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Sandra Lee's recipe for success

Food Network star and bestselling author Sandra Lee champions 'semi-homemade' cooking. People love it, and her. Perhaps the Democratic Party should take note.

November 28, 2010|By Charlotte Allen

Californians must be pleased that New York elected Andrew Cuomo, son of Mario, as its Democratic governor. The election affirms, yet again, that blue California has an East Coast bookend in blue New York state, an ideologically close, if geographically distant, high-spending, high-taxing, latte-sipping ally across the vast and incomprehensible sea of red that swept the country this fall.

But I'd like to ask you smug blue-staters a question: How does Cuomo's blond, buxom and uninhibitedly extroverted live-in girlfriend, Food Network superstar Sandra Lee, fit into your equation?

The 44-year-old Lee's two shows, "Semi-Homemade Cooking With Sandra Lee" and "Sandra's Money Saving Meals," are built around decidedly red-state recipes, heavy on condensed soup and canned cake frosting. Meals are served on over-the-top, color-coordinated "tablescapes" and lubricated by supersized, Lee-invented cocktails featuring so much booze, sugar and butterfat that it's a tossup whether regular tipplers will succumb to cirrhosis, diabetes or heart disease.

Lee's television shows and books have made her the most reviled cook ever among the locavore-foodie "slow food" crowd, which has responded with blog entries such as "Thirteen More Things I Hate About Sandra Lee" and contests asking entrants to spell out how much and why they loathe Lee. "Don't worry about being profane," one contest urges.

Lee doesn't seem to mind. She just holds her head high all the way to the bank to deposit the proceeds from her 16 bestselling cookbooks. It's clear that Lee's unstoppable, hardscrabble ebullience is a shot in the arm — make that an IV drip — for the morose-looking and perpetually frozen-faced Cuomo, who is almost never photographed smiling, even when he has his arm draped around his undeniably glamorous girlfriend.

I grudgingly have to admit that Lee's cuisine has little to recommend it, with ingredients that are typically 70% off the processed shelf. But the sniffy high dudgeon they arouse in the all-organic-all-the-time set is great fun to watch. Lee boasts that she attended a Le Cordon Bleu cooking school — for exactly two weeks. "I was scraping beef tendons and I thought, 'I'm outta here!' " she told an interviewer for the now-defunct Gourmet magazine.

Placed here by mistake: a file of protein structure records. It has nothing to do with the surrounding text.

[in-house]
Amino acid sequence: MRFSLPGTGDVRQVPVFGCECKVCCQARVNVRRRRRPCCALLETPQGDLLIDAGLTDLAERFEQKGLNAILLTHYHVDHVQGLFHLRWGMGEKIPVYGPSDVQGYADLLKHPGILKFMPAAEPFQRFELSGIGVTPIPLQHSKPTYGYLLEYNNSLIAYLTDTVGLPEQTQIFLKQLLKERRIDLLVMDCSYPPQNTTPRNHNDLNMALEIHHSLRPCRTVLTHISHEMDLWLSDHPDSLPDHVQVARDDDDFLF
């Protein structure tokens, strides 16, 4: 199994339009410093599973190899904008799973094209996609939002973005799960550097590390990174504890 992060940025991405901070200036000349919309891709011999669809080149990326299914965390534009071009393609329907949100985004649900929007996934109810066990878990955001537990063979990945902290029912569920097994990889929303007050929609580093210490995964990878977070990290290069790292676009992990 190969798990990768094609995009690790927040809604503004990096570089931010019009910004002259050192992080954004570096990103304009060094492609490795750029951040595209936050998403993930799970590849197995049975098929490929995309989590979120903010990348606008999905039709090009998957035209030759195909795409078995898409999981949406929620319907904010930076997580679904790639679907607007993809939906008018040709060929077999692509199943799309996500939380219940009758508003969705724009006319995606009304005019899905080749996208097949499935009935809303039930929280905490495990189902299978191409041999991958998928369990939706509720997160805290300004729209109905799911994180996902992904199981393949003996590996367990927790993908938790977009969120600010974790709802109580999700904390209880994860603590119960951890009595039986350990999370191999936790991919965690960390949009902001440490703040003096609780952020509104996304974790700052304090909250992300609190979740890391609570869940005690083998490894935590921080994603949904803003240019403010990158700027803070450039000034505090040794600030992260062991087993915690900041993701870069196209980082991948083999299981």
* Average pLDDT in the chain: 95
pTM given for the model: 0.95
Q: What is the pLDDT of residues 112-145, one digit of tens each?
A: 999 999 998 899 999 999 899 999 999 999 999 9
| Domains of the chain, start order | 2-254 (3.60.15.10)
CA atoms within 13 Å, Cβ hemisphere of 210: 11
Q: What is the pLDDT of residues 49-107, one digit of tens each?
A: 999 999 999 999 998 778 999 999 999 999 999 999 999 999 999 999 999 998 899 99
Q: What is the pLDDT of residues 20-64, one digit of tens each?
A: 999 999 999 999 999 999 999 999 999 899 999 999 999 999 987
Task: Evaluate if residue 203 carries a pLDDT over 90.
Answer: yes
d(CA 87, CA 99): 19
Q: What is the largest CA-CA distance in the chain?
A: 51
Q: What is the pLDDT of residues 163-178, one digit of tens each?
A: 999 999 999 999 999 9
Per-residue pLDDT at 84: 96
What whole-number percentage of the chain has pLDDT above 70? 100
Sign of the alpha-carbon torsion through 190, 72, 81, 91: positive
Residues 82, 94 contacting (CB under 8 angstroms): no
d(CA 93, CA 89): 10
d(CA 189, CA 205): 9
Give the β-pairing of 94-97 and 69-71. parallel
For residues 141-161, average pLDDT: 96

I must say that I myself gasped in horror while watching a YouTube clip of Lee smothering what looked like perfectly good pork chops with the contents of a can of condensed cream of potato soup (I didn't even know there was such a thing). And Lee's lasagna recipe, which she says is "Andrew's favorite," features cottage cheese instead of ricotta and condensed tomato soup for sauce. Even Cuomo's Italian American mother, Matilda, who otherwise never comments in public about her son's romantic life, couldn't keep quiet about that recipe. "That's not the way you make a lasagna," she complained in an interview.

And then there's my nomination for the most ghastly-sounding dish in Lee's culinary repertoire: Kwanzaa cake (ingredients include store-bought angel food cake, canned frosting, cocoa powder and corn nuts for strewing on top). That one made me want to tip off the U.S. Commission on Civil Rights.

Still, when I read the sanctimonious New York Times review of Lee's 2003 bestseller, "Sandra Lee Semi-Homemade Cooking," it made me want to whip up a batch of Lee's Gnocchi Dippers (ingredients: jarred garlic, Tabasco sauce, sour cream and Velveeta). The review by Amanda Hesser drips with condescension, not just for Lee but for most American cooks. "If someone tells you often enough that you do not have time to shop at a good butcher ... you may start to believe it," Hesser wrote. "And that is just how Ms. Lee wins you over. Using the same strategy that has been so successful for the food industry, she seems more intent on encouraging people to create excuses for not cooking than on encouraging them to cook wholesome simple foods."

As someone who lives and works at least a half-hour subway ride from "a good butcher" and so buys most of her meat from the Safeway, a.k.a. "the food industry," I found myself wondering whether those pork chops in potato soup might not be so awful after all.

Furthermore, you have to admire Lee's sheer bravura. On Oct. 24, about a week away from the Nov. 2 election in which her boyfriend's political fate would be decided, Lee broadcast her annual Halloween special on the Food Network. It was a business-as-usual Lee-lapalooza. She sported waistlength hair extensions and a deep-decolletage fairy queen costume that showed off as much cleavage as family TV permits. The food that day included frozen cheesecake on a stick and a cocktail composed of equal parts of half-and-half, vanilla vodka and hazelnut and white chocolate liqueurs, served in goblets the size of hurricane lamps. It's "a favorite of the fairies," insisted Lee.

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